What’s Worse Saturated Fat or Sugar?

What Causes Fatty Liver Disease?

Author: Dr. Stephen Chaney

 

what is worse saturated fats or sugarThe great American food fight continues. The low fat enthusiasts tell you saturated fat is going to kill you. The low carb enthusiasts tell you saturated fat is fine. It’s sugar that’s going to kill you.

You can find studies that support either viewpoint. And the story keeps changing. One day the headlines proclaim: “The latest study shows…” A few weeks later you see a headline saying: “Wait. That’s wrong. Science now shows…” It’s no wonder you are confused and perhaps a bit cynical.

So, what’s worse saturated fat or sugar?

Perhaps we should step back and ask how we got to this point.

 

Why Is the Saturated Fats and Sugar Dilemma So Confusing?

saturated fats or sugar dilemmaTo understand why the literature around saturated fats and sugar is so confusing, we need to go back to the 1950s. The first studies implicating saturated fats as a risk factor for heart disease replaced saturated fats with unsaturated fats. Everything else in the diet was kept the same. When you do that, the answer is clear-cut. Saturated fats increase heart disease risk and unsaturated fats decrease heart disease risk.

When the American Heart Association first recommended a low-fat diet, they had in mind replacing saturated fats with fresh fruits, vegetables, whole grains, and beans. The remaining fat would be mostly unsaturated. Today, we would call that a Mediterranean diet, which, by the way, has been shown to reduce both diabetes and heart disease risk.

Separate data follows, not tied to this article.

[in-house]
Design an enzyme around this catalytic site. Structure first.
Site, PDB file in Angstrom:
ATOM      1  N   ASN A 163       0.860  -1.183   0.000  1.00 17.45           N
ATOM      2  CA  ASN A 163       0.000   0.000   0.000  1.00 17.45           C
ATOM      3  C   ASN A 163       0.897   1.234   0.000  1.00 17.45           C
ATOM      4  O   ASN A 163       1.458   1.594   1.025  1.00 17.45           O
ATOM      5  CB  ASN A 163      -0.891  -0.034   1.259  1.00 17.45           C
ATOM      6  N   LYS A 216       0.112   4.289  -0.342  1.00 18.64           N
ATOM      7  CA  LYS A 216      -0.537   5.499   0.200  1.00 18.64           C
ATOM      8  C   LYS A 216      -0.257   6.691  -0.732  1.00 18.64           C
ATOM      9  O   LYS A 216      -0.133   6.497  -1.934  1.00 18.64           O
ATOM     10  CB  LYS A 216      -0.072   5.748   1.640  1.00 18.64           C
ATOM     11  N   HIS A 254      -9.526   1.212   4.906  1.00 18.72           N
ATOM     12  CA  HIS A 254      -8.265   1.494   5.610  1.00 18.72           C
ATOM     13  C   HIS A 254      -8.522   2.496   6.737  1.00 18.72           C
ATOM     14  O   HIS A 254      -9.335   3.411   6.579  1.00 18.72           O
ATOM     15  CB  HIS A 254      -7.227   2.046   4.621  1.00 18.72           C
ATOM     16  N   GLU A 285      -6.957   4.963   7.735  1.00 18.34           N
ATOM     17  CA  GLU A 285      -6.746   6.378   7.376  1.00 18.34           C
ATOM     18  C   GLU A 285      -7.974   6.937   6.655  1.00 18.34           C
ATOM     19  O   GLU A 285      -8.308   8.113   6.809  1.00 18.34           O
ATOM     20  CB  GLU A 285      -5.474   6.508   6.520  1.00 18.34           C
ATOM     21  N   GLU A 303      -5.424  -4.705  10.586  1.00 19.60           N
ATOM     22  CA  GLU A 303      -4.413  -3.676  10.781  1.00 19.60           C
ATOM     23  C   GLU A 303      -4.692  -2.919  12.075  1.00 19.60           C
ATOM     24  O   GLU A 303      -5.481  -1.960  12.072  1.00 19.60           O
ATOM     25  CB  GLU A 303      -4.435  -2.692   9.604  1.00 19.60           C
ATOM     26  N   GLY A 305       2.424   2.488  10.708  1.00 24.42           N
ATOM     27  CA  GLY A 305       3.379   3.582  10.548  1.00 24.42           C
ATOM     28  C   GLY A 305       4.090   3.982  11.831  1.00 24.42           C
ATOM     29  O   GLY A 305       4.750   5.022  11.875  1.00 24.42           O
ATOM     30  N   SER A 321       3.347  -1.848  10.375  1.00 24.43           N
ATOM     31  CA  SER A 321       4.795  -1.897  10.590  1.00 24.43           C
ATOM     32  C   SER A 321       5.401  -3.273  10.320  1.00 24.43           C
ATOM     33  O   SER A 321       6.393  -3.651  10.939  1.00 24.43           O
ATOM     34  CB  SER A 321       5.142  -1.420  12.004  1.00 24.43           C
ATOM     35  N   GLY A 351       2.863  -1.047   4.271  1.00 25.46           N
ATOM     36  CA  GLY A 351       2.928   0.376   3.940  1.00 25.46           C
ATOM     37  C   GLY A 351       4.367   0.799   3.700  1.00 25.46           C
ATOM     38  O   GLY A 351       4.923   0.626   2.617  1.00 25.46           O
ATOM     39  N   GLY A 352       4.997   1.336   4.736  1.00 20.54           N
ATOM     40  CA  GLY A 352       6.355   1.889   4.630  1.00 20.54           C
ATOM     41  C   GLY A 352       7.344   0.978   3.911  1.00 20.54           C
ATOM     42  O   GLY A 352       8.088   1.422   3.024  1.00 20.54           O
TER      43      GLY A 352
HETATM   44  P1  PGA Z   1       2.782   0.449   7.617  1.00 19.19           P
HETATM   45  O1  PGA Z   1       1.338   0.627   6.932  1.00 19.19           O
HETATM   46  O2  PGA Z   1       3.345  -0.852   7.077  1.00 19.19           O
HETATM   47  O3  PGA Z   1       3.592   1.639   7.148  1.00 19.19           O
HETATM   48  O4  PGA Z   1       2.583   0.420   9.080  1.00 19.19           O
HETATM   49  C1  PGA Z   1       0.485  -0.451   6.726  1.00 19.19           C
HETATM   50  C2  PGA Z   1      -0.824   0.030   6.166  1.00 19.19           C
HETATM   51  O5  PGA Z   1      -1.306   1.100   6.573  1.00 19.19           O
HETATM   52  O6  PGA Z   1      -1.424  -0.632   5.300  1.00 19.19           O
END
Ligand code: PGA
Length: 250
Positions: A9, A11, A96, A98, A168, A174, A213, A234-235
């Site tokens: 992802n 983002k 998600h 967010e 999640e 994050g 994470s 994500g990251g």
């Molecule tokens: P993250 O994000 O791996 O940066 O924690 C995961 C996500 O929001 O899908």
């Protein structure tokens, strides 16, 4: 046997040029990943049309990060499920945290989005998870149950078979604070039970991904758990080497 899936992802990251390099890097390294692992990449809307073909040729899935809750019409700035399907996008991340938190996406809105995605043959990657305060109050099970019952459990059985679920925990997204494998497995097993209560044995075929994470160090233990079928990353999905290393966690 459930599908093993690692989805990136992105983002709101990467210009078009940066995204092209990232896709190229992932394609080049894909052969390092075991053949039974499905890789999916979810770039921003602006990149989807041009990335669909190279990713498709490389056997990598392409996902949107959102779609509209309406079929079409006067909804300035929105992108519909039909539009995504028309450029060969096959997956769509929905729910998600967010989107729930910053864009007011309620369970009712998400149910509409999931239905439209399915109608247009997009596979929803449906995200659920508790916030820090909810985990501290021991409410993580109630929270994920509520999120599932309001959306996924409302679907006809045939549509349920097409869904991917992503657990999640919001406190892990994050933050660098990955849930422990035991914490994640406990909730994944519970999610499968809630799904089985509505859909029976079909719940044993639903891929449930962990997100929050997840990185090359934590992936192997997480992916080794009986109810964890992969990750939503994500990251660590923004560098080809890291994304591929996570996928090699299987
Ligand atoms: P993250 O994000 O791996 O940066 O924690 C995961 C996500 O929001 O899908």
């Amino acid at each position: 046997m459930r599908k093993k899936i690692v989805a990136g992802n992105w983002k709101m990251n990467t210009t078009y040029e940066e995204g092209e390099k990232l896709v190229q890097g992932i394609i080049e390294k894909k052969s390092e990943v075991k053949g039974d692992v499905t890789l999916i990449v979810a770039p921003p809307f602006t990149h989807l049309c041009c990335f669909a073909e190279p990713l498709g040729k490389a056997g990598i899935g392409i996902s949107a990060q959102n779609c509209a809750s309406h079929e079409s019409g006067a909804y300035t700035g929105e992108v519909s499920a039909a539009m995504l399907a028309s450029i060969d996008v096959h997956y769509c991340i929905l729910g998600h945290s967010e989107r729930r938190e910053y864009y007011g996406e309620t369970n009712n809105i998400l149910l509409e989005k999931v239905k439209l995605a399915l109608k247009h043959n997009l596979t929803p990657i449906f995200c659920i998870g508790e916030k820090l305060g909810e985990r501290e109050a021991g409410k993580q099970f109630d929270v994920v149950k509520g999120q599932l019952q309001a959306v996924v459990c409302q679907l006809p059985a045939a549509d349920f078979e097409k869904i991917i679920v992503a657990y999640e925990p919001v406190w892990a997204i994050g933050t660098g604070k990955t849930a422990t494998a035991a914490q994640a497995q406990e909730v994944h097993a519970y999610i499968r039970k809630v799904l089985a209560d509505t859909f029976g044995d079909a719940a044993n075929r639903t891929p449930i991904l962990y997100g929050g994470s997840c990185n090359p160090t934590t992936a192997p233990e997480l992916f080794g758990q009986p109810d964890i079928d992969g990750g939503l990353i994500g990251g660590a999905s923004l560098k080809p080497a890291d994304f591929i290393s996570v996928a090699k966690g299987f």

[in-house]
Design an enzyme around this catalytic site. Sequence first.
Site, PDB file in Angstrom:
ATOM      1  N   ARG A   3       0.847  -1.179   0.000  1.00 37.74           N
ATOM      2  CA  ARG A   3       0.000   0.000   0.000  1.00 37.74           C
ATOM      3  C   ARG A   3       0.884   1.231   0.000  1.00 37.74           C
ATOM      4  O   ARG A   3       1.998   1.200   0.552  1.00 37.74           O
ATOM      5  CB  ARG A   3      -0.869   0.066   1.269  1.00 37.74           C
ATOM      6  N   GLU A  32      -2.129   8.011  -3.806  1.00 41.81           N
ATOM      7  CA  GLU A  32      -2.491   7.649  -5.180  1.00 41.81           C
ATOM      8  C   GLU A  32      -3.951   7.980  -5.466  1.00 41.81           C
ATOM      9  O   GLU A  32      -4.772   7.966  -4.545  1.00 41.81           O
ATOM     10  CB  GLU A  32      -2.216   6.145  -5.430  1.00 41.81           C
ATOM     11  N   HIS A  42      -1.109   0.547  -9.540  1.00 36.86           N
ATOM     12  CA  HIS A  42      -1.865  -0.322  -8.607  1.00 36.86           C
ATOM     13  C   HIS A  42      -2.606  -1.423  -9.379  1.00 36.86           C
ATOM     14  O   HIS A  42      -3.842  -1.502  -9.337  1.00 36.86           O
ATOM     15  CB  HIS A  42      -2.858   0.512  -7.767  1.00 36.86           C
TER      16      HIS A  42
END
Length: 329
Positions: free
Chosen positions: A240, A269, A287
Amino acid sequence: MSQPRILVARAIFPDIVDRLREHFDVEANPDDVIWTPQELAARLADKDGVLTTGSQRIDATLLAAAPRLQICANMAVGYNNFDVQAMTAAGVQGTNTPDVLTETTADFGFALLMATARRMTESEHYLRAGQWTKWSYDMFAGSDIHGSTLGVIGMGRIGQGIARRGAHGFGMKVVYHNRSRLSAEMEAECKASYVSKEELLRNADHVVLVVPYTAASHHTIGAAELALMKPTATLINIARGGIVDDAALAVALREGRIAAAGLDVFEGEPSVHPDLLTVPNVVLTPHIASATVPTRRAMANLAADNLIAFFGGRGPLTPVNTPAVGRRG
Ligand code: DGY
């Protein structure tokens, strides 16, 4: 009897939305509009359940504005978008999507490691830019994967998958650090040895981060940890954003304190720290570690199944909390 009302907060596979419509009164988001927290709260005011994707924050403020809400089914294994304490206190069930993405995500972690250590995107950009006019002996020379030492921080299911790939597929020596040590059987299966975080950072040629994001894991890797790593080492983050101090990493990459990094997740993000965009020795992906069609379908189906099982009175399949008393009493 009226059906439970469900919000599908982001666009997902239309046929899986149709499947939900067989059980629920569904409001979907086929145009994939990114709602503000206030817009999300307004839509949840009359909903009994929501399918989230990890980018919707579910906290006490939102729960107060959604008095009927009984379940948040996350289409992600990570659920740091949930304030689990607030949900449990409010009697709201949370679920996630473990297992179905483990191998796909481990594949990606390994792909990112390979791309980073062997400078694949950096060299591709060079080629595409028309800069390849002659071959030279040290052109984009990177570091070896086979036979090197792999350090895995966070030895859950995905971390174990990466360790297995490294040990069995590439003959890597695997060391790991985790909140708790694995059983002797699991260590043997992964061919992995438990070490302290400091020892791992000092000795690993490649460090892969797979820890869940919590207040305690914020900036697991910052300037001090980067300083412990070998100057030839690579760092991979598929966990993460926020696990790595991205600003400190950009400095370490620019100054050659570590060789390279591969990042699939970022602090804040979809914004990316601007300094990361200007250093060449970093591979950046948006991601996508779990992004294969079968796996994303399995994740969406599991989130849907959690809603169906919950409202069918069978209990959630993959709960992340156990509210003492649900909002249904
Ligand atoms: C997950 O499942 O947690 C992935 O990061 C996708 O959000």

Big Food Inc. took one look at that and panicked. They make their money from processed foods, not from fresh fruits and vegetables. If the American people made the changes the American Heart Association recommended, Big Food Inc. would go bankrupt.

They sprang into action. They had their laboratories whip up processed foods that replaced fat with sugar, white flour, and a witch’s brew of chemicals. Then they told the American people: “Never fear. You don’t have to give up your favorite foods. We have created low fat versions of the foods you love.”

That became the diet that most Americans adopted. Even worse, most Americans continued eating foods high in saturated fats. We ended up with the worst of all possible worlds – a diet high in saturated fat and high in sugar. This became the Standard American Diet (SAD).

This shift has corrupted most of the recent research studies on saturated fat and sugar. Most of the studies on saturated fat or sugar have compared them with the Standard American Diet, not with a healthy diet. When you do that, your results are going to be skewed. Almost anything is better that the Standard American Diet.